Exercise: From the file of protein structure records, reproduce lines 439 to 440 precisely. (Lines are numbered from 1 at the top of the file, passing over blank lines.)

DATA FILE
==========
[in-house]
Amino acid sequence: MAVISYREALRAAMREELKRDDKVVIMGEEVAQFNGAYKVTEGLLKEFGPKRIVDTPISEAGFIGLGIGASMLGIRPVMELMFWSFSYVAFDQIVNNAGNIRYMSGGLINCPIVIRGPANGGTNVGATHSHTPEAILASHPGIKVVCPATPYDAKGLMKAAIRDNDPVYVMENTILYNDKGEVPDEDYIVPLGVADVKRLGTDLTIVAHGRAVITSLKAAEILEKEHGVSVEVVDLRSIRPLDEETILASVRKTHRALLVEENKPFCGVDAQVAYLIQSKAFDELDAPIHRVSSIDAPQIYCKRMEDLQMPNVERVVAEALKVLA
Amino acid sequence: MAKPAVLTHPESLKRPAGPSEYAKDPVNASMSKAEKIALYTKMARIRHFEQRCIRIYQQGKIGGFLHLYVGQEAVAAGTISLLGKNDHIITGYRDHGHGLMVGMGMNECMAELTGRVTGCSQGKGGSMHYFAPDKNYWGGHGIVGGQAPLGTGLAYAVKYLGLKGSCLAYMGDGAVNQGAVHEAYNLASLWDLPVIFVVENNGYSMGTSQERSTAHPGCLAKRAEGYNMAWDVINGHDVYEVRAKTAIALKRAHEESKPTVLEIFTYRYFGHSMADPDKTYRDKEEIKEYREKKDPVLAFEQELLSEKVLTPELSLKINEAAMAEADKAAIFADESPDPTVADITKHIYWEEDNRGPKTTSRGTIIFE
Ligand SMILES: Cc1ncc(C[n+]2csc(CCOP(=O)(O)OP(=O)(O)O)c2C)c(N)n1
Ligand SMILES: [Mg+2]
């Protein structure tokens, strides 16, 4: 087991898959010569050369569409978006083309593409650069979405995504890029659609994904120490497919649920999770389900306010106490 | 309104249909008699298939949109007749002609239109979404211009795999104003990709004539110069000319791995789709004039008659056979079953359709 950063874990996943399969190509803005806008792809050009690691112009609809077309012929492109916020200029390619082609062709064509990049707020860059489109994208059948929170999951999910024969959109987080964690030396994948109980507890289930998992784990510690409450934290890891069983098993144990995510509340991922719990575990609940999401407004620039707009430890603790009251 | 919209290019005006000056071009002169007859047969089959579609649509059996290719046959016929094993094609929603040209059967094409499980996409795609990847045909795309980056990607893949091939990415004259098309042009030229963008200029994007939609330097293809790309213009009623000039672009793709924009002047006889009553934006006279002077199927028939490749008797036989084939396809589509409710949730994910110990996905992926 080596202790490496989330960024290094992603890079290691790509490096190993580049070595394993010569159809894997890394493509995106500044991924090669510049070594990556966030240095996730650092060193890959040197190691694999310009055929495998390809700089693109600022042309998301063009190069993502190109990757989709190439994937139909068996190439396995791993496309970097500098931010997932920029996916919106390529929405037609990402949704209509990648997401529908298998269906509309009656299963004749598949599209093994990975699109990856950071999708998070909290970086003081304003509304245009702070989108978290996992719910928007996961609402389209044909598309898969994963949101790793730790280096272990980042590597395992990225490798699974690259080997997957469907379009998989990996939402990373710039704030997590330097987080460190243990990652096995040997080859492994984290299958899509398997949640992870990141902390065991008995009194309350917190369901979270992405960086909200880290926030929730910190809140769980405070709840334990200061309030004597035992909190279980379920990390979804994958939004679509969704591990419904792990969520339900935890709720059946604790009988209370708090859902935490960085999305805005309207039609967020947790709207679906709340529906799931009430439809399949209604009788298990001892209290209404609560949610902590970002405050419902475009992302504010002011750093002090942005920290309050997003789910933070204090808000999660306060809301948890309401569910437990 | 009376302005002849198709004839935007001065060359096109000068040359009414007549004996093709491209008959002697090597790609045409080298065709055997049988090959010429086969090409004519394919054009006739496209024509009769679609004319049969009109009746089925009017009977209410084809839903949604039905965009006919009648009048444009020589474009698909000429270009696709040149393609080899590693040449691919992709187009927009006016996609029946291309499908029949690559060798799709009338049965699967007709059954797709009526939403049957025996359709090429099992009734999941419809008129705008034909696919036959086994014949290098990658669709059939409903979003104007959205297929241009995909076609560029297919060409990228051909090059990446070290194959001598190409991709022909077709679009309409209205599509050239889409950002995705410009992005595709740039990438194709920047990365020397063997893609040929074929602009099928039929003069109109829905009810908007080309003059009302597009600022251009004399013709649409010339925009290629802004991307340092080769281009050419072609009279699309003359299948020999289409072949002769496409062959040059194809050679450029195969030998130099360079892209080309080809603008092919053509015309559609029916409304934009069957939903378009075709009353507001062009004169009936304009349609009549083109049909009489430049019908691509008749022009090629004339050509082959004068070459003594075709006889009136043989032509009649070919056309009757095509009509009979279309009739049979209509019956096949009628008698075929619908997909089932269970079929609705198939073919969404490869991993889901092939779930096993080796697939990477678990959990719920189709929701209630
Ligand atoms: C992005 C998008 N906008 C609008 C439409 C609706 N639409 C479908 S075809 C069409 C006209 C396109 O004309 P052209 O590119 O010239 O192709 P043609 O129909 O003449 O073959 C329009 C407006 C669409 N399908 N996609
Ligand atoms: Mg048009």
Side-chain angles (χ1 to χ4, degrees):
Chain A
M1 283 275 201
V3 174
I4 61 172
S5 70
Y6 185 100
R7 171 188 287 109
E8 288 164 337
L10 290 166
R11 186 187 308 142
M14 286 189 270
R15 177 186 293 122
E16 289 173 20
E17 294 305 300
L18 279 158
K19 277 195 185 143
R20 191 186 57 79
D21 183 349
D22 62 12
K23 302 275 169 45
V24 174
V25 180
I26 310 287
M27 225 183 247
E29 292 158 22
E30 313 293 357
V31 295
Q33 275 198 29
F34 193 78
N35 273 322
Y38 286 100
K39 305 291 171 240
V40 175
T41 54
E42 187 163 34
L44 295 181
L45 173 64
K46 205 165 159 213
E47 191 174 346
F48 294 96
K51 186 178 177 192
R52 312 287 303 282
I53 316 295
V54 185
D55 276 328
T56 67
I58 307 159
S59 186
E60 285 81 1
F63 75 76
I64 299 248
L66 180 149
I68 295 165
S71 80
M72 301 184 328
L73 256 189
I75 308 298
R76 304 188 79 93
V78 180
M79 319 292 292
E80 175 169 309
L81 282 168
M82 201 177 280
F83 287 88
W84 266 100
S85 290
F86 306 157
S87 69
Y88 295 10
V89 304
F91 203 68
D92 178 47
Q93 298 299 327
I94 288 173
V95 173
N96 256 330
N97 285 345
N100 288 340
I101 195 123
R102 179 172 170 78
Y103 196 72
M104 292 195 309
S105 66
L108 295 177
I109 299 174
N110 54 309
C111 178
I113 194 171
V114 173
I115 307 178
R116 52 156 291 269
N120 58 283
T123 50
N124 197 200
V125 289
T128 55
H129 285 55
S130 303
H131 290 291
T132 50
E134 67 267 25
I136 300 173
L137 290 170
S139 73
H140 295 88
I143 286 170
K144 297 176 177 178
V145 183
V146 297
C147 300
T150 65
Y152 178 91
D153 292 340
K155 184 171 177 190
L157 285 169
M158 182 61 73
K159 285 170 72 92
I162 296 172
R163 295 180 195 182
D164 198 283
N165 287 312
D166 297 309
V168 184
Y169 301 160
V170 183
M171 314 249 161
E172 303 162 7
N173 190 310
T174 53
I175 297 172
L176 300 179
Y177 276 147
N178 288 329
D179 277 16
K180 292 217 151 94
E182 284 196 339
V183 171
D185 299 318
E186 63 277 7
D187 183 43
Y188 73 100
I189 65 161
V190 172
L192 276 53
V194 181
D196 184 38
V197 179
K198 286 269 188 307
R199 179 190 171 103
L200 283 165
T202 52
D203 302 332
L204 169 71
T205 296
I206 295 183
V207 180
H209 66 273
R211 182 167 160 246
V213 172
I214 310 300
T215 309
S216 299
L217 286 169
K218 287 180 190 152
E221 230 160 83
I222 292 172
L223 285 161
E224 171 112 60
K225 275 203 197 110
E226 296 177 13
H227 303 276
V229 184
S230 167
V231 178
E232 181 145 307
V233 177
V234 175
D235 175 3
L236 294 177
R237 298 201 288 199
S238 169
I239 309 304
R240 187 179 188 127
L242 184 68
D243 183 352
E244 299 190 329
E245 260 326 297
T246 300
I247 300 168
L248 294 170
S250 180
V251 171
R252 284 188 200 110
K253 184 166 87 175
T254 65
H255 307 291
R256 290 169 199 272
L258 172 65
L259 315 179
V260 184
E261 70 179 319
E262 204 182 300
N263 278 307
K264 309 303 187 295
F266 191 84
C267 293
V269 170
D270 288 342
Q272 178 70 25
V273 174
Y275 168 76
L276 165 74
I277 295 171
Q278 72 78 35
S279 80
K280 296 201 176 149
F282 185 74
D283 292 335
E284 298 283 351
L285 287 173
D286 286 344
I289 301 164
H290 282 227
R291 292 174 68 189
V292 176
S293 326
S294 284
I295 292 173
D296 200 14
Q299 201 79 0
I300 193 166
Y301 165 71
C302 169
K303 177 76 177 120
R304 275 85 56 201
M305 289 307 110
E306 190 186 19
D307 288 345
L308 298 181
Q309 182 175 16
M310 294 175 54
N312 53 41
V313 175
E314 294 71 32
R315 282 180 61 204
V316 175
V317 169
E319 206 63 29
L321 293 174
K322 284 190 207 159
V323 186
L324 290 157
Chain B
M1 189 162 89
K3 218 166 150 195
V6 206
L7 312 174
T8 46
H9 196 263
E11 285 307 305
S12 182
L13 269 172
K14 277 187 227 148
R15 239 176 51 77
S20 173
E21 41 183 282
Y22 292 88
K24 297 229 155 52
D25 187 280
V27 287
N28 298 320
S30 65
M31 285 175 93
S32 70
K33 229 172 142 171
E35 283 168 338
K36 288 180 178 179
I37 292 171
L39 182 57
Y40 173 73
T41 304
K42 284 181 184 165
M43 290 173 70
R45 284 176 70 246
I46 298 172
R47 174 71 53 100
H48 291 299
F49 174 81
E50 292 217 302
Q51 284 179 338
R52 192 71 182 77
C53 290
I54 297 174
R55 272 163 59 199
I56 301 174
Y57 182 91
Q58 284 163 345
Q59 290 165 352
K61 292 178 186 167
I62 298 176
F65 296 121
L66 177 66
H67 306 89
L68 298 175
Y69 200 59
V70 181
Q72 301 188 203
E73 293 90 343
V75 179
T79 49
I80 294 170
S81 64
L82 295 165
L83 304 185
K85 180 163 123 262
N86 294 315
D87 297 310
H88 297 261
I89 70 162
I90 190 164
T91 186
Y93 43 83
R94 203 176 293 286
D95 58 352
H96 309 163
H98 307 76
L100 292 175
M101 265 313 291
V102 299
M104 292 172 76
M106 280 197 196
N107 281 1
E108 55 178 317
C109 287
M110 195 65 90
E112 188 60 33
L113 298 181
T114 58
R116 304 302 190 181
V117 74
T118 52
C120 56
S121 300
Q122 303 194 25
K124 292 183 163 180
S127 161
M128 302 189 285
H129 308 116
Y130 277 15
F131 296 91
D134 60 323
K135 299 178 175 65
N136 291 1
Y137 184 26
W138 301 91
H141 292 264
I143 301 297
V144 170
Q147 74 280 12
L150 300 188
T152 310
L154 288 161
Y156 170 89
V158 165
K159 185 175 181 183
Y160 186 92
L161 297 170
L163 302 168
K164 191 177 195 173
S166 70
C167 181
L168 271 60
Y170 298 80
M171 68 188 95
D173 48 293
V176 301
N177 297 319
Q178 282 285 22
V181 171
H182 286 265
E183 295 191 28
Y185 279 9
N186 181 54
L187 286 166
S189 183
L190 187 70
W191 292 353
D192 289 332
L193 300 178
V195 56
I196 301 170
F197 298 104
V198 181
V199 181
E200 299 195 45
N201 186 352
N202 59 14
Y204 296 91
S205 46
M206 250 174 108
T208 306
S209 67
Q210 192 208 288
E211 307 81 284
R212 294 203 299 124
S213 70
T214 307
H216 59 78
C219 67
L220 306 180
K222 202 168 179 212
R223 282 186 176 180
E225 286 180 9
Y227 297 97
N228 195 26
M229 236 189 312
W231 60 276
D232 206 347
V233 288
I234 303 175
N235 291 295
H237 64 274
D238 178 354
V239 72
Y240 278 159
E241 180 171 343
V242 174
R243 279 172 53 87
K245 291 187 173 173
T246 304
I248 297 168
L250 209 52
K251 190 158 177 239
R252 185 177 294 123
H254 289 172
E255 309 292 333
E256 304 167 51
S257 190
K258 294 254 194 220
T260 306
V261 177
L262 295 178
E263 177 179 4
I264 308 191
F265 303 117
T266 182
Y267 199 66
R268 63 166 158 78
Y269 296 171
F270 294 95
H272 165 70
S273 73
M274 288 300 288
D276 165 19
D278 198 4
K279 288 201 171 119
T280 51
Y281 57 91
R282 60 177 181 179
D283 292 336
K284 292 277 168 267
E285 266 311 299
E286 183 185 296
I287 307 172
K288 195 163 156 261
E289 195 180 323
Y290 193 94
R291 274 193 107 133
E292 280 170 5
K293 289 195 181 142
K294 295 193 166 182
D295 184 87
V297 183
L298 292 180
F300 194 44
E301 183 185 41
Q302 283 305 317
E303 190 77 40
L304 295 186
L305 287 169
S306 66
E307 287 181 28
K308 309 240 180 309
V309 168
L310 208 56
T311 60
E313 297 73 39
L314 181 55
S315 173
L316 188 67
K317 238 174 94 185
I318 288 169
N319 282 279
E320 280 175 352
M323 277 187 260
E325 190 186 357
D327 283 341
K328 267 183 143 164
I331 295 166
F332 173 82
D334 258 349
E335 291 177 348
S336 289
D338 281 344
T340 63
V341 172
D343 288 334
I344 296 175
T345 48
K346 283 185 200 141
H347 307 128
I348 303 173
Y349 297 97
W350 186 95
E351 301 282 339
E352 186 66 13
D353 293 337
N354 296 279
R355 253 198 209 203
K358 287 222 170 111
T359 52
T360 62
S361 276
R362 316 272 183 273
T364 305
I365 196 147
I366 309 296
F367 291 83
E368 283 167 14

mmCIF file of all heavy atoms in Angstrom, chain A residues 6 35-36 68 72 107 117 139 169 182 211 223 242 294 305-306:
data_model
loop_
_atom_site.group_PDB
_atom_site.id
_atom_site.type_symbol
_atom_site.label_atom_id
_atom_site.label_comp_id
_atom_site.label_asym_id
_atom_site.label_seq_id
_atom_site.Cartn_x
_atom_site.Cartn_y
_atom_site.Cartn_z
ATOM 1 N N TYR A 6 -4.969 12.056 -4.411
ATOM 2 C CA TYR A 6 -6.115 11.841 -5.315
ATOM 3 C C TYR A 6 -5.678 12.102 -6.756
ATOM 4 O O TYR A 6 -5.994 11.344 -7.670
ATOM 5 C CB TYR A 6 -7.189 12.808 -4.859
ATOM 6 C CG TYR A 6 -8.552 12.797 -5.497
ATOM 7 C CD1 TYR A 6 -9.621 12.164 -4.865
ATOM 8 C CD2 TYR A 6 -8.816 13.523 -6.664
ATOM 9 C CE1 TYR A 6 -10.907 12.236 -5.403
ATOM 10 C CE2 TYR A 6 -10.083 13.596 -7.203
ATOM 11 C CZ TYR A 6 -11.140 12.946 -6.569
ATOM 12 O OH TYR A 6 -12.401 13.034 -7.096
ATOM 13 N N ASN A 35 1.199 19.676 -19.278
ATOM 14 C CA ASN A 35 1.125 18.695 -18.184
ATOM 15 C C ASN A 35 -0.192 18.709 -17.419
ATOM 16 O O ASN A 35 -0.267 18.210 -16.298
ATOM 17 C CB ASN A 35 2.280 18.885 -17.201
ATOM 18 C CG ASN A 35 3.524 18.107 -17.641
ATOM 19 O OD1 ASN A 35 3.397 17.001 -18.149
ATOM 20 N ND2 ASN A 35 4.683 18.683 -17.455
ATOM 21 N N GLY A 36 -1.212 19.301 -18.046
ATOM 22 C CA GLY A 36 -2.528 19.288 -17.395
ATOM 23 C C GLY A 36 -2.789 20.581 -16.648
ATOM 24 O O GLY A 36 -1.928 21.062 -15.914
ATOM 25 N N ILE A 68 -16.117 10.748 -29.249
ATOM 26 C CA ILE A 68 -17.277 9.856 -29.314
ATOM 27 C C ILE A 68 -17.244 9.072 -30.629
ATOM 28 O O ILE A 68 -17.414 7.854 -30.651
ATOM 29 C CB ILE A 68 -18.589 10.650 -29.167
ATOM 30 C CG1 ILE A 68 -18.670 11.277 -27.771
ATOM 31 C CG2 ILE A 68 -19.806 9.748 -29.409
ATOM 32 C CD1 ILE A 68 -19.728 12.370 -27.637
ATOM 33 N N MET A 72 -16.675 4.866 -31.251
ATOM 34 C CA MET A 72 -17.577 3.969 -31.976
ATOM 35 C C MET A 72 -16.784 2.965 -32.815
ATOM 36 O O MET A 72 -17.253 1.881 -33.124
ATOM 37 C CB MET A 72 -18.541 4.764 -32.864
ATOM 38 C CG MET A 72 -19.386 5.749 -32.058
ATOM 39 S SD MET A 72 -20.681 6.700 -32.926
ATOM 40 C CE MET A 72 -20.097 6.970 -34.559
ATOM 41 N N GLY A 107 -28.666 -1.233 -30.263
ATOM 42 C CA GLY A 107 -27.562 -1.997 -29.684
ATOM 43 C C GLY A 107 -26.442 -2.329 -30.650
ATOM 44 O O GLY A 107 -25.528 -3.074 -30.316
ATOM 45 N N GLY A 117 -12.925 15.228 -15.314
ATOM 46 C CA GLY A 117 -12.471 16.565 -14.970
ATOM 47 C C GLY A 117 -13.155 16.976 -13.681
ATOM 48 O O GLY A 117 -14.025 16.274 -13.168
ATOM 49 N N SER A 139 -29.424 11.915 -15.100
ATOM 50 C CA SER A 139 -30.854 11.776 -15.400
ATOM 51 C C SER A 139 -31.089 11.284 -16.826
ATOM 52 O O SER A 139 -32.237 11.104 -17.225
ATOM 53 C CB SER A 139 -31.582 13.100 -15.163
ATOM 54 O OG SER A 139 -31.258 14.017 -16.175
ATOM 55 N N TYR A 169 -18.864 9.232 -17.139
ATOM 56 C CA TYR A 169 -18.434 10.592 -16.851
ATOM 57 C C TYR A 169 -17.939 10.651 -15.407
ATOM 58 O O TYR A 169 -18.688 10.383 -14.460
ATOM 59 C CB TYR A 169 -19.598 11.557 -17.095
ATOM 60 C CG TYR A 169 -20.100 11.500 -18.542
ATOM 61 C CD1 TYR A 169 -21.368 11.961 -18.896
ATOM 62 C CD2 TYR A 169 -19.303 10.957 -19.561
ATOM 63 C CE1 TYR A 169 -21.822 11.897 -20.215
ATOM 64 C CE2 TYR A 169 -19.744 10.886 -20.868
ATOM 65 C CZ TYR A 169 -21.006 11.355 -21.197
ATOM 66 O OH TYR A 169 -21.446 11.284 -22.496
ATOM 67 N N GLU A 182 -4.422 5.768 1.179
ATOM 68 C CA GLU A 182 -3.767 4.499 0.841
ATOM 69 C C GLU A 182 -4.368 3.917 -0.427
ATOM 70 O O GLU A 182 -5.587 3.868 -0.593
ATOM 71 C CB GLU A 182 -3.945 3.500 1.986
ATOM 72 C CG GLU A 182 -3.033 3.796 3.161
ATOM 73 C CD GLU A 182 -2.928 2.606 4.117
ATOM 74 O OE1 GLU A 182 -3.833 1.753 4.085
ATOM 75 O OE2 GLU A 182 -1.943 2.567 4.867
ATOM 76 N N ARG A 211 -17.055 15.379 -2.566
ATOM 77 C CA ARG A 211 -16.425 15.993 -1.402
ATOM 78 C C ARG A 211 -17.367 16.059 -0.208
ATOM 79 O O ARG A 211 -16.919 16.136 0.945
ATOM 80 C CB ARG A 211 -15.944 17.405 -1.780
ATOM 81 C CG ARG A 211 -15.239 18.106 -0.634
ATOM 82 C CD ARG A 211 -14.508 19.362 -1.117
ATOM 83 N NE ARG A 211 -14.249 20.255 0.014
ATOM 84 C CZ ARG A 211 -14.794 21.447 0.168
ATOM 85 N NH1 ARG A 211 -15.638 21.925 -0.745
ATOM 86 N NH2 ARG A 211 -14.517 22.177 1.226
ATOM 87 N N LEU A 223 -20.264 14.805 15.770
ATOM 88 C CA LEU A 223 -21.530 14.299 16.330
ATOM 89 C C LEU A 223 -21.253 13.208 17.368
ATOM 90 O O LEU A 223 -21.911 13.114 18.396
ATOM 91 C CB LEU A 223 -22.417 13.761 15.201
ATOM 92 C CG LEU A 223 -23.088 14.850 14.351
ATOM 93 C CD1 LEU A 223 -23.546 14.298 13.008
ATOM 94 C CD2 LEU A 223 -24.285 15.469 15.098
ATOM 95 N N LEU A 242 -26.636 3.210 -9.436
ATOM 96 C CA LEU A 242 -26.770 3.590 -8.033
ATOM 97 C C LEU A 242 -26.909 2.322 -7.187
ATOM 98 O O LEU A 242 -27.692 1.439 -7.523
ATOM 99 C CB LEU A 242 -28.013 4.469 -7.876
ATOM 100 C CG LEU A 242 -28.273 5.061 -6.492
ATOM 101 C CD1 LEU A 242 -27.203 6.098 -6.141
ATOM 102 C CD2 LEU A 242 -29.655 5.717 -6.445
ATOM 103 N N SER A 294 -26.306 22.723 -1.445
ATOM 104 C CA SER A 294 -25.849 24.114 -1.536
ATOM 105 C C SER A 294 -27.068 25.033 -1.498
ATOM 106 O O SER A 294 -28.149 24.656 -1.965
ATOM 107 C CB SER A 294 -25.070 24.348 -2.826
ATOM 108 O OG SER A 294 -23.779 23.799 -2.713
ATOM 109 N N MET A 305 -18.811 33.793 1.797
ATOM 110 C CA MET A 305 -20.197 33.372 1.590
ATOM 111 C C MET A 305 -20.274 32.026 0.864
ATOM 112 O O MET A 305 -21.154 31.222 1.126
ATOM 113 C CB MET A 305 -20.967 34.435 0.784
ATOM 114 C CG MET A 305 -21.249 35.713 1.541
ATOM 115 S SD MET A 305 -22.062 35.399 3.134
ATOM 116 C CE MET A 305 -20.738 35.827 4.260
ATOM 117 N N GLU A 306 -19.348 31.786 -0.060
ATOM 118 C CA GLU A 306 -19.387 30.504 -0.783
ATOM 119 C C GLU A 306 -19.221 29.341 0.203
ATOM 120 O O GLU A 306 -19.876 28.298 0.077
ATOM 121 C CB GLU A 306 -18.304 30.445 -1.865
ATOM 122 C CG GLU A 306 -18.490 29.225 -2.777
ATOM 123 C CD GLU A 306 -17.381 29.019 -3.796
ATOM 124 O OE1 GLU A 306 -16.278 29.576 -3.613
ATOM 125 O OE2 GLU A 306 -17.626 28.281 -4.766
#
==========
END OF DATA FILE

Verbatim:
T246 304
I248 297 168